How often have you felt niggles of pain or discomfort in your joints? Well, quite often. DARPAN SAINI tells us how AI plays an important role in current times with the pandemic forcing everyone indoors and restricting travel further
With packed schedules and a large number of roles and responsibilities to take charge of, it’s impossible to find time to keep your health in check constantly. This becomes even more applicable to muscular pains and dull aches that definitely irritate and hamper your quality of life, but aren’t severe enough to attend to immediately.
This phenomenon has become even more prevalent in current times, with the pandemic forcing everyone indoors and restricting travel further. It’s in these last few months that digital healthcare has really brought about a transformation, reaching the far depths and corners that are so cosy that you almost don’t want to leave them. Well, convenience is just one of the many benefits of this new age healthcare that uses digital technology to reach consumers and connect them with highly skilled specialists to solve real life problems. In physiotherapy, it doesn’t matter now if you’re in too much pain to endure daily transit to your local physiotherapist.
The scenario is fast changing with the latest in AI devices being used in the field of physiotherapy. Artificial Intelligence, or AI machines basically have the smart ability to adapt to what’s happening around them and incorporate new learnings and changes into their system. These have become a big hit off late, in terms of suggestive medicine where common subsets of patients with the same kind of symptoms and ailments are prescribed more or less similar treatment protocols. Data gathered from patients is then stored and interpreted to give the best possible offerings. Not only that, these apps and devices also help patients store their entire case history easily, connect them directly to their doctors, and keep a check on their daily exercise plans ensuring accountability on all fronts.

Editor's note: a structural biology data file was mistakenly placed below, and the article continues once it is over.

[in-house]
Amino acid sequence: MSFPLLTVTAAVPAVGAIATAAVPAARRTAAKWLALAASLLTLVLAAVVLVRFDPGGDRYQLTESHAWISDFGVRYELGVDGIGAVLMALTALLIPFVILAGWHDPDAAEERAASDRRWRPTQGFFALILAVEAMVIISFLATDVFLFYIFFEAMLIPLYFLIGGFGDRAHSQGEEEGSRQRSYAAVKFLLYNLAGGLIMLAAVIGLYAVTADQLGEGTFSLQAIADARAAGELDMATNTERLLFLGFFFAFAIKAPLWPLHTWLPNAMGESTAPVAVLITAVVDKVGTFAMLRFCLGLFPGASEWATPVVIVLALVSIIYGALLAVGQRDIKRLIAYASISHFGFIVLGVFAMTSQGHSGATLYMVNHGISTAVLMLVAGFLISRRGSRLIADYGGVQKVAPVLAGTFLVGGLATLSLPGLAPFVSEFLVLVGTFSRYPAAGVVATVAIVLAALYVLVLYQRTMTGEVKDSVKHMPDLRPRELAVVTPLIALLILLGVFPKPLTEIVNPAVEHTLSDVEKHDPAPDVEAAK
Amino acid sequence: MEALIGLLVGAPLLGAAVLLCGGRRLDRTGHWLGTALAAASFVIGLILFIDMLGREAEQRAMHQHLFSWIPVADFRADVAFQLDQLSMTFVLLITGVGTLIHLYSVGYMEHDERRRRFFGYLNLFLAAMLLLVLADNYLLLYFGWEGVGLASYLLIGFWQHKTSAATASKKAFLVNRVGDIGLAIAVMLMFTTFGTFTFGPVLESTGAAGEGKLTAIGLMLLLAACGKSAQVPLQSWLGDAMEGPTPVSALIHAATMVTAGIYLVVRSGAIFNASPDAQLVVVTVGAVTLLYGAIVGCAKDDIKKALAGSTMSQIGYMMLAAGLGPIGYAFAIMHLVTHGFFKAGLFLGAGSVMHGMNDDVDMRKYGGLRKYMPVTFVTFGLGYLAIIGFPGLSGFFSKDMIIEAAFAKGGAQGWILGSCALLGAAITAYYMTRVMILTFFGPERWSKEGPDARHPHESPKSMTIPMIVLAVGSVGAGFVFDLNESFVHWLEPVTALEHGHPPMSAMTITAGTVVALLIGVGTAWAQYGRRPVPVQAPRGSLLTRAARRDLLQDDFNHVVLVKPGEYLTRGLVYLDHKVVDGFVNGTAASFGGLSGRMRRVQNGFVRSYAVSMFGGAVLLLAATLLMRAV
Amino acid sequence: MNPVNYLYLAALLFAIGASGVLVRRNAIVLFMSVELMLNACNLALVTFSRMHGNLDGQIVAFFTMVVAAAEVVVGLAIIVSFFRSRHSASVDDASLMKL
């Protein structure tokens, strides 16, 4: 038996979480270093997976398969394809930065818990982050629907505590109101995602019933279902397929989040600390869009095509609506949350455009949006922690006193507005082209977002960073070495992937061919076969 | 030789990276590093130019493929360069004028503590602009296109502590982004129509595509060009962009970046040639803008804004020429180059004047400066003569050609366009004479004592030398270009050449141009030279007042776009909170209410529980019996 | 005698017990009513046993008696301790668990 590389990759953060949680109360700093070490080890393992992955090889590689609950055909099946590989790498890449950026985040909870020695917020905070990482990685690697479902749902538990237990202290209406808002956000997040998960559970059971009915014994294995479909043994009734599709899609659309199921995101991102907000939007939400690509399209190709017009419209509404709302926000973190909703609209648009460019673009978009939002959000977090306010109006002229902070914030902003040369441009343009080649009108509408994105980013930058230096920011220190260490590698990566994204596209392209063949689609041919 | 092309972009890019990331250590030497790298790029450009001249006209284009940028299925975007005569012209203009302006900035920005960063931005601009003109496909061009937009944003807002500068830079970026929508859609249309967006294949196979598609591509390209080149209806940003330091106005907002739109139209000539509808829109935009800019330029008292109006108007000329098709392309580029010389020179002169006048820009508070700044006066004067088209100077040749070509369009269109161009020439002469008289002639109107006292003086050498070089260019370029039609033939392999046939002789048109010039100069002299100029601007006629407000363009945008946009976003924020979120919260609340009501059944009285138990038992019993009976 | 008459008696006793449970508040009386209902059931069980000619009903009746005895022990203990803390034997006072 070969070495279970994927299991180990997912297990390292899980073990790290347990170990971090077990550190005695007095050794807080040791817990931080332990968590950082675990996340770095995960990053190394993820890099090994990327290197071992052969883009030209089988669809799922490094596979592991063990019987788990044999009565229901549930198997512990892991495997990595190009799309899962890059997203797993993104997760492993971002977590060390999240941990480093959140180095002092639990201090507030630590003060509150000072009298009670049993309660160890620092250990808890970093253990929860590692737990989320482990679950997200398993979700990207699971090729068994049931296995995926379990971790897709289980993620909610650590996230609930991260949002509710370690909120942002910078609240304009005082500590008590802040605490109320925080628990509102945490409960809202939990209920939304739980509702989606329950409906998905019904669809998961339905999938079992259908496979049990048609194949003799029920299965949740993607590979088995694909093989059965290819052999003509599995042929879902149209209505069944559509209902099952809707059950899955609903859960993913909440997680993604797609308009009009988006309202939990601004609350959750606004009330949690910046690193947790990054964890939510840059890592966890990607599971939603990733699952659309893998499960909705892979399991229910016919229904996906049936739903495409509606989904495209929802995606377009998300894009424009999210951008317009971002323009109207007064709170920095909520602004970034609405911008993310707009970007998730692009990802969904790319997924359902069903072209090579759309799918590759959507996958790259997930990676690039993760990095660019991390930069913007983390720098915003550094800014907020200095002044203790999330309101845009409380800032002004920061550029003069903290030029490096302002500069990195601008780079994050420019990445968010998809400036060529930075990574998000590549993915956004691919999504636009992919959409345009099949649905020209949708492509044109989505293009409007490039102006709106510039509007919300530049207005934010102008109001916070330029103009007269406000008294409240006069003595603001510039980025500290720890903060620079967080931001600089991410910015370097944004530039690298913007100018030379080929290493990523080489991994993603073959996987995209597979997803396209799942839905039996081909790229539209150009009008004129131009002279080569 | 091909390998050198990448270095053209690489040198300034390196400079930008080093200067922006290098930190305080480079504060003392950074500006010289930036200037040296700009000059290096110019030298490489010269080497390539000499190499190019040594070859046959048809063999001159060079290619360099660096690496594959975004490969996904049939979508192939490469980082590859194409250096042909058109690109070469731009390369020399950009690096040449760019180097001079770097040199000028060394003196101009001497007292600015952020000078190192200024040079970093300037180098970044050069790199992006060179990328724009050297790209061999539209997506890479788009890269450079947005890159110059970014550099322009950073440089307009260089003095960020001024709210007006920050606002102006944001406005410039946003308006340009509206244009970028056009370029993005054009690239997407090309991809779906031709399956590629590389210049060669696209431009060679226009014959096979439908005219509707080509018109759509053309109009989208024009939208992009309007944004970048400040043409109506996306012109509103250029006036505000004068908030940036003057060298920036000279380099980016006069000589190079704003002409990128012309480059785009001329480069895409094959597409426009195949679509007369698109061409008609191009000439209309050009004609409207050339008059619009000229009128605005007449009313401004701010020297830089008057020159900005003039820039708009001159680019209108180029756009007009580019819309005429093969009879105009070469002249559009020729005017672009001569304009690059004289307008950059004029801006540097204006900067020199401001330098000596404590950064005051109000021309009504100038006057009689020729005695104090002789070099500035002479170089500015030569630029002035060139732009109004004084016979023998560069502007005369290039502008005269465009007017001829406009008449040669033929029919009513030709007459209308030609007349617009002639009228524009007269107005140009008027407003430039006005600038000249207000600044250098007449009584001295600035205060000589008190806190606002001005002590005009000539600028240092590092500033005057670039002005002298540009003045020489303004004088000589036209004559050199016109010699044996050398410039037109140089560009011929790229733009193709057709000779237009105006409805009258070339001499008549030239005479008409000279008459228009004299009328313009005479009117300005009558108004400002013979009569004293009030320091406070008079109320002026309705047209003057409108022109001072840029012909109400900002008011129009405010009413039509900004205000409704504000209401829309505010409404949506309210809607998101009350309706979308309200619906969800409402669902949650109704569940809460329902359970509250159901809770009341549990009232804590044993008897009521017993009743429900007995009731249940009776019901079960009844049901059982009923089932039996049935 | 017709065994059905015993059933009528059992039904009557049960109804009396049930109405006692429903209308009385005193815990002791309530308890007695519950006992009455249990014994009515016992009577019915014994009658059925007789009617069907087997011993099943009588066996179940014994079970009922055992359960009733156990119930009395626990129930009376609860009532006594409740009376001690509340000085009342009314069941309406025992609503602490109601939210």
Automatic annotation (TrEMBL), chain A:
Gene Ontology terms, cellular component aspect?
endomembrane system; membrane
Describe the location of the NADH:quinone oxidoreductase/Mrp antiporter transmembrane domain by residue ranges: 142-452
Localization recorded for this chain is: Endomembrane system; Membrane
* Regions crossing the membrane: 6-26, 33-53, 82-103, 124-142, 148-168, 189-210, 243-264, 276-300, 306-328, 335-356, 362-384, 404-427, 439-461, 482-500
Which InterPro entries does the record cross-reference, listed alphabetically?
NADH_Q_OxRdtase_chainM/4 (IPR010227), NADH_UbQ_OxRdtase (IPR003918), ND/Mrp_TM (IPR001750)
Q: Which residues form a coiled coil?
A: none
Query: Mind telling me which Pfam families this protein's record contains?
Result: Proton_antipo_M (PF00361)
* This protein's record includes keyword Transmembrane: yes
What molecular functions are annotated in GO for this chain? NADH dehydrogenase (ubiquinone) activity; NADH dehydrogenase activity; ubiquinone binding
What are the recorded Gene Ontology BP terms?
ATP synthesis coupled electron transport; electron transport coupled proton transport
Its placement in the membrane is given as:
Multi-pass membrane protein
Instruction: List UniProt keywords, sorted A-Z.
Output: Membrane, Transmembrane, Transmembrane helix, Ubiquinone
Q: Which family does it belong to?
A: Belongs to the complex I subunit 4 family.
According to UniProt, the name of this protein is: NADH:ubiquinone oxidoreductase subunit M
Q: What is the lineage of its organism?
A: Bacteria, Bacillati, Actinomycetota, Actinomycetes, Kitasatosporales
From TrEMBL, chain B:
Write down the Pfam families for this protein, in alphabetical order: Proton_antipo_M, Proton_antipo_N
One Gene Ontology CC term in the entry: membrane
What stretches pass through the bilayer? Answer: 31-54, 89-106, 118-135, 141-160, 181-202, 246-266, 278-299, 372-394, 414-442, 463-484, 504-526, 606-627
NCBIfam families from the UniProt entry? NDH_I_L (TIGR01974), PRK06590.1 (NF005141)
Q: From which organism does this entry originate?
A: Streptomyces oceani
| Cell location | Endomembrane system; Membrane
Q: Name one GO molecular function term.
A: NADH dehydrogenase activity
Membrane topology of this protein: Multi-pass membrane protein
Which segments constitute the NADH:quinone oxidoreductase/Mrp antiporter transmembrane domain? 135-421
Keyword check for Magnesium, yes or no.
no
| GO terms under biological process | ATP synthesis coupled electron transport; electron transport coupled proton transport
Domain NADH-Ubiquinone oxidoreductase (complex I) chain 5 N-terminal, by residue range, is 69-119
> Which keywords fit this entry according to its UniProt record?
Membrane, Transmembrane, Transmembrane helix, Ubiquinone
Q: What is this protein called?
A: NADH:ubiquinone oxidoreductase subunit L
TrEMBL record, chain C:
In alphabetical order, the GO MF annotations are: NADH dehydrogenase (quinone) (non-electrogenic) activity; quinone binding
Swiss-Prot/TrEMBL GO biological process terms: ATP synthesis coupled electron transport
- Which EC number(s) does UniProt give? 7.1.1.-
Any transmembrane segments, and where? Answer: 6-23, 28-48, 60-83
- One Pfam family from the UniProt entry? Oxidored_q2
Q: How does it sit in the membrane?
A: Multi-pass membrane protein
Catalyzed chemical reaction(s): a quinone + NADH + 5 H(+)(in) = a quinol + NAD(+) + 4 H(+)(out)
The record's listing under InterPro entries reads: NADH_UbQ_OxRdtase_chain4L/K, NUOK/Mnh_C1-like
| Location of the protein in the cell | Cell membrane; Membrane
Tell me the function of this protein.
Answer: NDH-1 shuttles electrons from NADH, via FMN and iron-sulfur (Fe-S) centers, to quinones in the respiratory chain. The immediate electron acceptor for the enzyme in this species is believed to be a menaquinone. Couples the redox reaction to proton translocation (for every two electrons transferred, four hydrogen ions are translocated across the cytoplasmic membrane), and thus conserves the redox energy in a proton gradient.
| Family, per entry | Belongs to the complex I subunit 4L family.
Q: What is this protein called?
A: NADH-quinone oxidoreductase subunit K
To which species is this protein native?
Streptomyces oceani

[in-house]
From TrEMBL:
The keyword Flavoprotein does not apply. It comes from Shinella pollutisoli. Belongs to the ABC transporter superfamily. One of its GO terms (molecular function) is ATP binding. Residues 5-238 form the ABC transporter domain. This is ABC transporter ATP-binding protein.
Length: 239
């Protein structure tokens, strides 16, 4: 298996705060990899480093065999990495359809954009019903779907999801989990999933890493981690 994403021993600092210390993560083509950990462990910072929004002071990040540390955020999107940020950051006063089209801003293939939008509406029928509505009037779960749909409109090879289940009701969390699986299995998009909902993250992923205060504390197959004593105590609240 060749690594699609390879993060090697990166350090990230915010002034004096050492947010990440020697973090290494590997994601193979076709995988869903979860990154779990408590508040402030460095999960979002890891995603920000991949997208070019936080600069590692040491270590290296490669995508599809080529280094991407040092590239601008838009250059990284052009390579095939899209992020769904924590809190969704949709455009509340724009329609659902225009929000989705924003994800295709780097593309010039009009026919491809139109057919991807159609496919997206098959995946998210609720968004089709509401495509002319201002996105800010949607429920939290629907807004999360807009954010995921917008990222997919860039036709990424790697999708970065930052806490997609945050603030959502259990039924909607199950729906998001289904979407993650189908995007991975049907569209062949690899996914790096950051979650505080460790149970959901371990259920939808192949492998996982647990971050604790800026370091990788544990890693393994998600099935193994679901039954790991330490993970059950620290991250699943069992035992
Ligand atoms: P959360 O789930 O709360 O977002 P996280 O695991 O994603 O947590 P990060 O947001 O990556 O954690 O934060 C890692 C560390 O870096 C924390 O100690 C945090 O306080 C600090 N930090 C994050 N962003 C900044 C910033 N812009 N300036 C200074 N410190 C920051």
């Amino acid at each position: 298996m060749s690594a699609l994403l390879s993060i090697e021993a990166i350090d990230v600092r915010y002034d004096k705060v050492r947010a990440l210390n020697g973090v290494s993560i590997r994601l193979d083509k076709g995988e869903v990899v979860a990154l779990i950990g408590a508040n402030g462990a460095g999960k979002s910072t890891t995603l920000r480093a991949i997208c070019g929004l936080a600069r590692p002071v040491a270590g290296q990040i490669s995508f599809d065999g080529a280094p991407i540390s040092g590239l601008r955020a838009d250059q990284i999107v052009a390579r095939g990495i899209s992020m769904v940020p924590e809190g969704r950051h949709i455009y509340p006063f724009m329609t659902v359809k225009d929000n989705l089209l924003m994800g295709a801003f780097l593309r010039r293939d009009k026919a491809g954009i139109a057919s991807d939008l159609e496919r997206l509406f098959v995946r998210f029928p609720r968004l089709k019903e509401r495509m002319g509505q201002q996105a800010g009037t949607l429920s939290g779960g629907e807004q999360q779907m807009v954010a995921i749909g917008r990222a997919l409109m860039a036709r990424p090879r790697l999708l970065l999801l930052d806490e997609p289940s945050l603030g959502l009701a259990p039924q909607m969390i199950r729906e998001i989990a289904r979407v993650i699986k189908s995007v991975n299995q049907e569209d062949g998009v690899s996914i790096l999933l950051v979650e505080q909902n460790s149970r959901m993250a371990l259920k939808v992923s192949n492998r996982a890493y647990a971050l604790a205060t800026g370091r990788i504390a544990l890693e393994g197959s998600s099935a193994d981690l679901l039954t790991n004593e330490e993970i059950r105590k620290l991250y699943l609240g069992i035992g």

Evidence of their use in physiotherapy has been extremely promising too:
A number of physiotherapy start-ups have web set-ups where remote clinical teams can view analyses of patient data and use this information to monitor and adjust the rehabilitation programme. They have a digital therapist that gives real time cues like lift your arm higher, keep your elbow straight and tracks movement to check the patient’s form. This new technology in the field of medicine monitors users with wireless motion trackers that patients attach to their bodies, which feed data back to the firms where specialised doctors can then take an accurate update on the patient’s recovery. The patient in turn has a personal physiotherapist in the form of his or her app, where they choose the time and place to exercise without compromising on accountability or form.
If this trend continues, a healthier, pain-free world where doctors are more accessible, exercises are more consistently executed and treatment is more convenient and affordable awaits us.
The writer is CEO, Phyt.Health